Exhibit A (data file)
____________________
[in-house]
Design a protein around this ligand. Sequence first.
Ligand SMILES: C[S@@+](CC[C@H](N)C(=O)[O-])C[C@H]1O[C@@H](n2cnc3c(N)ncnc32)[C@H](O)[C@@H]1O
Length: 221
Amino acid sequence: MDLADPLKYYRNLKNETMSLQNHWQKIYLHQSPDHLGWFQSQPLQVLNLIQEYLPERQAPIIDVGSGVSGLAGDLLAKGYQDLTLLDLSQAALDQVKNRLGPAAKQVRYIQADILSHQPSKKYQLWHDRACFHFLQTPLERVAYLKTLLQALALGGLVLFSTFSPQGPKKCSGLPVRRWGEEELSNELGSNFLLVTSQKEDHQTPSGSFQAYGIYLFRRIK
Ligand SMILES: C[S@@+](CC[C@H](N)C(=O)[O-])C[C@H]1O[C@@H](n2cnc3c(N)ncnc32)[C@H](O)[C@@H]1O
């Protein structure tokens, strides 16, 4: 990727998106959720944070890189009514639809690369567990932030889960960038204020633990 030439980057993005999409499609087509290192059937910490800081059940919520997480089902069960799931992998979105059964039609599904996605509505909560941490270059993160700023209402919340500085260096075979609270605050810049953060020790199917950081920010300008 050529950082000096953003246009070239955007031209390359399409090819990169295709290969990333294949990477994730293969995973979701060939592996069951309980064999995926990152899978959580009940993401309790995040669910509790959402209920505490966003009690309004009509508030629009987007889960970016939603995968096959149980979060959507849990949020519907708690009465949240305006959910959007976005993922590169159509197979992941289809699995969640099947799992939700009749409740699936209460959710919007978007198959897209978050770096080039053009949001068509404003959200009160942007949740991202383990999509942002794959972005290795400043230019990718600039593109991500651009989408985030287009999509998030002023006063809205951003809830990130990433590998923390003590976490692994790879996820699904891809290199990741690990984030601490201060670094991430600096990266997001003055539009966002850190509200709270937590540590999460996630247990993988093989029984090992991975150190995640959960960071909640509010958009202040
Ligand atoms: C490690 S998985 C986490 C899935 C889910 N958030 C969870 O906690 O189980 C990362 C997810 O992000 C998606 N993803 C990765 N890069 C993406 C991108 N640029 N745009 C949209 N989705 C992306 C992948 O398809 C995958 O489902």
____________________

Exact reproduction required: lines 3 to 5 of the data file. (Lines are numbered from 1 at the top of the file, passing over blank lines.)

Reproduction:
Ligand SMILES: C[S@@+](CC[C@H](N)C(=O)[O-])C[C@H]1O[C@@H](n2cnc3c(N)ncnc32)[C@H](O)[C@@H]1O
Length: 221
Amino acid sequence: MDLADPLKYYRNLKNETMSLQNHWQKIYLHQSPDHLGWFQSQPLQVLNLIQEYLPERQAPIIDVGSGVSGLAGDLLAKGYQDLTLLDLSQAALDQVKNRLGPAAKQVRYIQADILSHQPSKKYQLWHDRACFHFLQTPLERVAYLKTLLQALALGGLVLFSTFSPQGPKKCSGLPVRRWGEEELSNELGSNFLLVTSQKEDHQTPSGSFQAYGIYLFRRIK